The Global Climate Platform

CLIMATE & ENERGY TECHNOLOGY

Saturday, 04, May, 2024

Landfills

Landfills

Landfills are government-regulated institutions that treat and monitor waste. Whereas dumps are unregulated places where waste is left unattended, a major risk to the environment in the sense that it can possibly contaminate groundwater, disrupt wildlife and the risk of natural disasters increase. Illegal dumping takes a stroll on the community as well, not just the environment. It leads to increased health issues and drops the value of properties around the dump.

Landfill Types

Industrial Waste Landfills. Often referred to as C&D landfills, these are landfills where construction debris is taken. They often work as material recovery facilities since items brought to them include concrete, lumber, asphalt, gypsum, metal, bricks, and building components. Items brought to the industrial waste landfills are sorted by the workers in search of reusable materials. Reusable materials are then either sold or donated to resellers. Items can be repurposed in the facility as well, for example, some facilities take lumber and break it into mulch.

  • Hazardous Waste Landfills

Hazardous waste is defined as waste that has properties that make it dangerous for the environment and public health19.In comparison with regular landfills, hazardous landfills follow a stricter set of rules that ensures the disposal of toxic materials. Their anatomy is different from MSW landfills. Hazardous landfills require a double leachate collection system, leak detection, and so on. To read more on the anatomy of hazardous waste landfills.

Additionally, these landfills are inspected more to keep the standards as desired.

  • Green Waste Landfills

Although green waste landfills are not sanctioned by the EPA, some municipalities are offering citizens a place for organic waste to decompose. Most of the landfills or transfer stations do not accept organic waste such as fruits, vegetables, or yard waste. Other common types of organic waste are mulch, weeds, leaves, tree branches., biodegradable food waste, flowers, and grass trimmings. These landfills serve the purpose of other landfills to save space from things that can decompose on their own. Important to note that this is rarely the case and green waste can end up at any landfill. Often people have their own compost in their gardens.

 

  • Municipal Solid Waste Landfills

Waste has to decompose safely to minimize its effects on the community and environment. In today’s sanitary landfills, a layered design of waste treatment shifts the perception of old landfills. Although waste produces methane while decomposing, most landfills collect this gas and channel it to generate electricity.


Image Courtesy of OC Waste & Recycling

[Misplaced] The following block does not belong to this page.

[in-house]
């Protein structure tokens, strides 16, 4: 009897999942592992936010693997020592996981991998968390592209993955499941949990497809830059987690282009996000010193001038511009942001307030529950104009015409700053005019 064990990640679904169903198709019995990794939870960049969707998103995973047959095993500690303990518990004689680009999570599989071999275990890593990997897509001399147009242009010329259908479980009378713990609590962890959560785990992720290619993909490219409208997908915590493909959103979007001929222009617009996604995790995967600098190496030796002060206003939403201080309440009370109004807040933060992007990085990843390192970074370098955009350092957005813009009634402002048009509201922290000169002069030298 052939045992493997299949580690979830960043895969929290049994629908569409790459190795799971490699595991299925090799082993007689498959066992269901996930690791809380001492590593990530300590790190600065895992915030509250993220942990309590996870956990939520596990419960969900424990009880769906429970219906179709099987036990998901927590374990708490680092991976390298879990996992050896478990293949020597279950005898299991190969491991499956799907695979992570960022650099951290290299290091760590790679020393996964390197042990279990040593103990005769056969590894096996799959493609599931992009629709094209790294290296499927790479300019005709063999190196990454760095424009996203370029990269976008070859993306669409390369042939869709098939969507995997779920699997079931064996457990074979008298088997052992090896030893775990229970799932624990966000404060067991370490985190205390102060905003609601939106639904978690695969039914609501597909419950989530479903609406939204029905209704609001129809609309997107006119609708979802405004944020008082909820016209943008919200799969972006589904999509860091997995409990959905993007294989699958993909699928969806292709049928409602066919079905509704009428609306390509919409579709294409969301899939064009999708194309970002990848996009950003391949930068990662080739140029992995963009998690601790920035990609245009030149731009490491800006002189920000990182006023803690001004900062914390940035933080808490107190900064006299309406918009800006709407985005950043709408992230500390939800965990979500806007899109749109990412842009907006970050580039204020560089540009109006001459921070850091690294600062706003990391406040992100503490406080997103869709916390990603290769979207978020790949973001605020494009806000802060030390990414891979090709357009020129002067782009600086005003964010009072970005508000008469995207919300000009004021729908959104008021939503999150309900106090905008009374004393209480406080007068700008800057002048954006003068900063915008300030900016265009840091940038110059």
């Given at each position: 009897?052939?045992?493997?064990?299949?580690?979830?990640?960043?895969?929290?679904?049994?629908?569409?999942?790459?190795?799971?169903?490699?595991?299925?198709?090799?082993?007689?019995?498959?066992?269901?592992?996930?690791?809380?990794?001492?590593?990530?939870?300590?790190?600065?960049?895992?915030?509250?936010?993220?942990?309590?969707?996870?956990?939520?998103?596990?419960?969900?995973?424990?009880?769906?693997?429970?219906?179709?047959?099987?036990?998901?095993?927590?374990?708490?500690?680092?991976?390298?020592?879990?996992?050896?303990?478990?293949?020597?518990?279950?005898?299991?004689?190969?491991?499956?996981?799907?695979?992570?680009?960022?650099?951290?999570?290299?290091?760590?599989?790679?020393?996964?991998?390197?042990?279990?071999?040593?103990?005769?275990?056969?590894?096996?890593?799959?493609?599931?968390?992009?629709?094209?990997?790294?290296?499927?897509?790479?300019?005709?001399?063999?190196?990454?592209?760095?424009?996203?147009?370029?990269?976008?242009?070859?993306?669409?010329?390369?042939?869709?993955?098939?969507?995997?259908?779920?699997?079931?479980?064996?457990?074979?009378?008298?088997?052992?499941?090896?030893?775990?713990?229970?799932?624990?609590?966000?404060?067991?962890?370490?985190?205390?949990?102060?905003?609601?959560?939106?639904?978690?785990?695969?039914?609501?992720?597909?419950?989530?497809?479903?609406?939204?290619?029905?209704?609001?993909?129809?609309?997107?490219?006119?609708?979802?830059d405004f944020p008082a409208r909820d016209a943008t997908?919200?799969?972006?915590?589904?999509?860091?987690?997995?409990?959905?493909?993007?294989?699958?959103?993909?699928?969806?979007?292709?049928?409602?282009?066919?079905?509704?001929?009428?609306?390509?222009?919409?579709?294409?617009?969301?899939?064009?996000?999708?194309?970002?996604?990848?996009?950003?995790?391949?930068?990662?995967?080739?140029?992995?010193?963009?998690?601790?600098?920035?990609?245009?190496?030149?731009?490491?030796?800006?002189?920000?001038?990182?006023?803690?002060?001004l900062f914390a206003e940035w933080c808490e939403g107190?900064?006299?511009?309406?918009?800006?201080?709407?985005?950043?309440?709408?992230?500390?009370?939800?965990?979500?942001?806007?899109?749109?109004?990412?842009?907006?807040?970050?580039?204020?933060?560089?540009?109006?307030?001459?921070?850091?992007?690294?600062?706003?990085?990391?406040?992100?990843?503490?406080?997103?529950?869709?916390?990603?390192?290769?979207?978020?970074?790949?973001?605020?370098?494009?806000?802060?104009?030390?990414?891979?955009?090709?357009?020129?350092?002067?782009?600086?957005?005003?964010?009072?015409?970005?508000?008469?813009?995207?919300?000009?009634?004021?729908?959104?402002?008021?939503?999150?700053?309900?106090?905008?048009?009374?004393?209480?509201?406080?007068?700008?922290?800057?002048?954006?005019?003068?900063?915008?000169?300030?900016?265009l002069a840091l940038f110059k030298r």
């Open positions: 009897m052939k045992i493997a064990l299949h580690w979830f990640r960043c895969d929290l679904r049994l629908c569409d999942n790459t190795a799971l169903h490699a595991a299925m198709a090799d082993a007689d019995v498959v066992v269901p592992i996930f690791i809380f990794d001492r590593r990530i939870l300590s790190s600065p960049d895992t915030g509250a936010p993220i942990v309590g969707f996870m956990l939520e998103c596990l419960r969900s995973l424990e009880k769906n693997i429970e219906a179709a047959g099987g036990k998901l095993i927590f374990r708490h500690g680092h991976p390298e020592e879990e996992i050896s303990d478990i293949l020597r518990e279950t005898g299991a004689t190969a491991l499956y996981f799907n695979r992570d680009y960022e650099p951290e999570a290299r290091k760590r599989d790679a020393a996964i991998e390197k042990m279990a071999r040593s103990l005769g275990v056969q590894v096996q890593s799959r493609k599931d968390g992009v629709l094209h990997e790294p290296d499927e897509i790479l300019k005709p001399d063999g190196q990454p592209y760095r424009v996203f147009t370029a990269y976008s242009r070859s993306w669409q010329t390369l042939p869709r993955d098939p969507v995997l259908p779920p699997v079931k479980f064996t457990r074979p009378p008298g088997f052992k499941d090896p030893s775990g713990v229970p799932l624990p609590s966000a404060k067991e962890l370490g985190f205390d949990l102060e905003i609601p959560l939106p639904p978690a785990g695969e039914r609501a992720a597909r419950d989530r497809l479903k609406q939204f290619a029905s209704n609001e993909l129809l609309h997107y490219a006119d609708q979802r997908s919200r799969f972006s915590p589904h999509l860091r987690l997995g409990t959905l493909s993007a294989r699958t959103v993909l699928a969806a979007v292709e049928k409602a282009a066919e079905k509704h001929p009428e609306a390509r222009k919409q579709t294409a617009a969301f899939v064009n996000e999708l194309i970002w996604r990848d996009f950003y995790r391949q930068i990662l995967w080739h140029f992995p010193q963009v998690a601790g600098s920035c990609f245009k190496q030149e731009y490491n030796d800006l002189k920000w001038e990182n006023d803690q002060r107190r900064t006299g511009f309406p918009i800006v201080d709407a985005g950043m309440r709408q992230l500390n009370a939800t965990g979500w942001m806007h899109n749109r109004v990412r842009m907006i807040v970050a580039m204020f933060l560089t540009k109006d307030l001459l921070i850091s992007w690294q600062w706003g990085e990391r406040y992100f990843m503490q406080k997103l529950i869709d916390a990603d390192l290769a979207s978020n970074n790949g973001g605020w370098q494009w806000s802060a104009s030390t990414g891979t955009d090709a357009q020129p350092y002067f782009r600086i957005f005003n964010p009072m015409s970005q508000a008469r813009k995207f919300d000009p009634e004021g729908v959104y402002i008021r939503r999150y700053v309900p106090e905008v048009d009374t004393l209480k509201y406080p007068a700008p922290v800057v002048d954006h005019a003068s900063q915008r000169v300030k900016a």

About MSW Landfills 

             The composition of a landfill is as follows.

            1st Layer, The Liner System

The first layer is the foundation of the sanitary landfill. A compact and dense clay is splayed to prevent any sort of leakage that can contaminate groundwater. To reinforce the impervious clay, high-density plastic is layered on top of the clay.

           2nd Layer, The Drainage System

During decomposition, waste can produce liquid, known as leachate. To prevent leachate from reaching the first layer, perforated pipes are used on top of the first layer to collect them. The collected leachate is then channeled to treatment facilities.

              3rd Layer, The Gas Collection System

The decomposition of waste leads to methane production. Although the release of methane gas is dangerous for the environment, and a contributor to global warming, it is also the key element of natural gas. Through the 3rd layer, landfills are collecting methane through gas extraction wells that transport it to treatment areas and then to plants where it is processed into electricity or another form of valuable energy.

              4th Layer, Thrash

The largest layer of the system is the topmost layer. Thrash is brought by various garbage companies to the facility and dumped onto the 4th layer. To make the most out of the limited space, the garbage is compressed. After the compression, a layer of soil is used to prevent the bad odor and the growth of flies and pests.

What happens when there is no longer space in the landfill?

Although it takes years for a landfill to get filled, once this happens a process called landfill capping is done. The filled landfill is capped with synthetic plastic or clay, similar to the first layer. The aim is to turn the landfill into a space that can be used for something else, as well as protect the environment from the bad odor and methane gas release. Old, capped landfills can be turned into various things such as parks or solar energy centers.

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